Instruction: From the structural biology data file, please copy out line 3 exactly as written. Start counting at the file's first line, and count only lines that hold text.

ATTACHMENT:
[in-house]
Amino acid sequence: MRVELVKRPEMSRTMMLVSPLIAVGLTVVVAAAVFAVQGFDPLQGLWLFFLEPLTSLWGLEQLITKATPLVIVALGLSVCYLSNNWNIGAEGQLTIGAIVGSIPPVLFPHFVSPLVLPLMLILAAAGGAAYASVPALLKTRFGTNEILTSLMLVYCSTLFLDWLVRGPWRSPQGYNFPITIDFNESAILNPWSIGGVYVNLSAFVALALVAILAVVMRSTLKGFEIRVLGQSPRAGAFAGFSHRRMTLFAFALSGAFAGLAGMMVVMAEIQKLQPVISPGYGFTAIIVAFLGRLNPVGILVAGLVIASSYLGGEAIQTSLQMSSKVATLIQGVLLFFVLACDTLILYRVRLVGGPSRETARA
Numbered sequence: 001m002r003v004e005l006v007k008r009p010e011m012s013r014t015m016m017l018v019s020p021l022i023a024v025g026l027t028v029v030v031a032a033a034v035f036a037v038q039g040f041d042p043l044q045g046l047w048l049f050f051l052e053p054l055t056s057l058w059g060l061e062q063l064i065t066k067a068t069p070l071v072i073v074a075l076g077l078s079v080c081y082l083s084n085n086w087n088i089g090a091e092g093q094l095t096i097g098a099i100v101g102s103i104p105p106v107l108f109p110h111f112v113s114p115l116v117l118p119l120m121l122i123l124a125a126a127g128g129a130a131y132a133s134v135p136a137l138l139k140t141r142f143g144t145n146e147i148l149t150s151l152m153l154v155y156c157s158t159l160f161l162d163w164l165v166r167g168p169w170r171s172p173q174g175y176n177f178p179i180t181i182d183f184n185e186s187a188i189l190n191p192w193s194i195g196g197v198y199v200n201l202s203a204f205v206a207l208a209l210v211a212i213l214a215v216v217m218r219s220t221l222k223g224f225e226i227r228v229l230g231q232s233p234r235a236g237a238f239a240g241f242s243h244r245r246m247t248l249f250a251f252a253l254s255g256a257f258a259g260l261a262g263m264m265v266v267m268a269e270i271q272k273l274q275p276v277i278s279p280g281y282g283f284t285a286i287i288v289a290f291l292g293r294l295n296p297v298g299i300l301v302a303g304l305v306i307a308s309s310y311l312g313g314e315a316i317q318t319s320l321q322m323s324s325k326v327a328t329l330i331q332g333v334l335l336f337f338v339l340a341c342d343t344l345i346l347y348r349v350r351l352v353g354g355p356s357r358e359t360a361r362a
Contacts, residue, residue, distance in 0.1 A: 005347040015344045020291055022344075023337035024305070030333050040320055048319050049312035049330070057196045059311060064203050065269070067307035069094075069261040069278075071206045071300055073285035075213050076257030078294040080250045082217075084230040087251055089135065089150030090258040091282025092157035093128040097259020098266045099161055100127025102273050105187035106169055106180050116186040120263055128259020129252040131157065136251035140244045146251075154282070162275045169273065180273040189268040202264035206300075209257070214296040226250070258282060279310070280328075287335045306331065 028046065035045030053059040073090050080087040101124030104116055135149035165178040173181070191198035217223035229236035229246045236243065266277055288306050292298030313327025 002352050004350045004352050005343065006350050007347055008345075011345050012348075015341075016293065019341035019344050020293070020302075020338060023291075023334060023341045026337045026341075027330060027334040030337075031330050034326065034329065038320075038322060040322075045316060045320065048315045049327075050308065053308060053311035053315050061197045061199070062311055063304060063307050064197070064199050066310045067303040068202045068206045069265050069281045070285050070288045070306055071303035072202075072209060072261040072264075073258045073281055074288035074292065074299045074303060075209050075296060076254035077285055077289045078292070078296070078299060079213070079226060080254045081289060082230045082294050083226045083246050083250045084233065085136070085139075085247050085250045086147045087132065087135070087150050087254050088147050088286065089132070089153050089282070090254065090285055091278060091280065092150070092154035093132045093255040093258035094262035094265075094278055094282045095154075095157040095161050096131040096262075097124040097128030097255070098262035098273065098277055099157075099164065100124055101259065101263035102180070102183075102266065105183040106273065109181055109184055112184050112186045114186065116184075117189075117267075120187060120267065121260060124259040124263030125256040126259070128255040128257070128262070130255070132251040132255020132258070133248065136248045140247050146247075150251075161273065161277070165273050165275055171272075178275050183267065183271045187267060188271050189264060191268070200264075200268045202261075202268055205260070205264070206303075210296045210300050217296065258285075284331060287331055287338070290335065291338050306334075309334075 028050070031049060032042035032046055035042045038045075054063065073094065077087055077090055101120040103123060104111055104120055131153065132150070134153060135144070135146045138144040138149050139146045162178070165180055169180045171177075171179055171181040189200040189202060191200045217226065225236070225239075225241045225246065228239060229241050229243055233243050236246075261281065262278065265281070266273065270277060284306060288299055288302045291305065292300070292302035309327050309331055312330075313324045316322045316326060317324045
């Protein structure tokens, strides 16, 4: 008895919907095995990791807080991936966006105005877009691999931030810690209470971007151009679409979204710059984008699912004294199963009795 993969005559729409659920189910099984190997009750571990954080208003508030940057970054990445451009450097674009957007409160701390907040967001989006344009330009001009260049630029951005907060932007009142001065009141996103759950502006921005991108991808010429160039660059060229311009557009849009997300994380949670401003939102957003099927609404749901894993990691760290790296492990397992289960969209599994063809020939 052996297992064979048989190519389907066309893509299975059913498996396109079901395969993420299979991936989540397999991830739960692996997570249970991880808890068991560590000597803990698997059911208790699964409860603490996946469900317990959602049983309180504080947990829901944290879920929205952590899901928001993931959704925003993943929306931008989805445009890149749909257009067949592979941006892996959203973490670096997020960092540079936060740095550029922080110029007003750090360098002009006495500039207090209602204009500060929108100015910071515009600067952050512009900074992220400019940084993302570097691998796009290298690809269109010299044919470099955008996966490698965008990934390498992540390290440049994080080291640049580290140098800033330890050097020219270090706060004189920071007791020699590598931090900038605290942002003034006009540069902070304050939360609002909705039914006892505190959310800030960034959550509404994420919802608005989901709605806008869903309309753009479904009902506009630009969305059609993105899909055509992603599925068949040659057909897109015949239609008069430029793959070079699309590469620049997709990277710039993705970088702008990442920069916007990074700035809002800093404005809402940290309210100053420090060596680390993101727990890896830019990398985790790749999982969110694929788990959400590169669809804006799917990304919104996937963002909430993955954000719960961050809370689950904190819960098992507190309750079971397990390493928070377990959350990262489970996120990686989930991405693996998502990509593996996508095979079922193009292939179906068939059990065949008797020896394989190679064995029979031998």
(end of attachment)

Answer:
Numbered sequence: 001m002r003v004e005l006v007k008r009p010e011m012s013r014t015m016m017l018v019s020p021l022i023a024v025g026l027t028v029v030v031a032a033a034v035f036a037v038q039g040f041d042p043l044q045g046l047w048l049f050f051l052e053p054l055t056s057l058w059g060l061e062q063l064i065t066k067a068t069p070l071v072i073v074a075l076g077l078s079v080c081y082l083s084n085n086w087n088i089g090a091e092g093q094l095t096i097g098a099i100v101g102s103i104p105p106v107l108f109p110h111f112v113s114p115l116v117l118p119l120m121l122i123l124a125a126a127g128g129a130a131y132a133s134v135p136a137l138l139k140t141r142f143g144t145n146e147i148l149t150s151l152m153l154v155y156c157s158t159l160f161l162d163w164l165v166r167g168p169w170r171s172p173q174g175y176n177f178p179i180t181i182d183f184n185e186s187a188i189l190n191p192w193s194i195g196g197v198y199v200n201l202s203a204f205v206a207l208a209l210v211a212i213l214a215v216v217m218r219s220t221l222k223g224f225e226i227r228v229l230g231q232s233p234r235a236g237a238f239a240g241f242s243h244r245r246m247t248l249f250a251f252a253l254s255g256a257f258a259g260l261a262g263m264m265v266v267m268a269e270i271q272k273l274q275p276v277i278s279p280g281y282g283f284t285a286i287i288v289a290f291l292g293r294l295n296p297v298g299i300l301v302a303g304l305v306i307a308s309s310y311l312g313g314e315a316i317q318t319s320l321q322m323s324s325k326v327a328t329l330i331q332g333v334l335l336f337f338v339l340a341c342d343t344l345i346l347y348r349v350r351l352v353g354g355p356s357r358e359t360a361r362a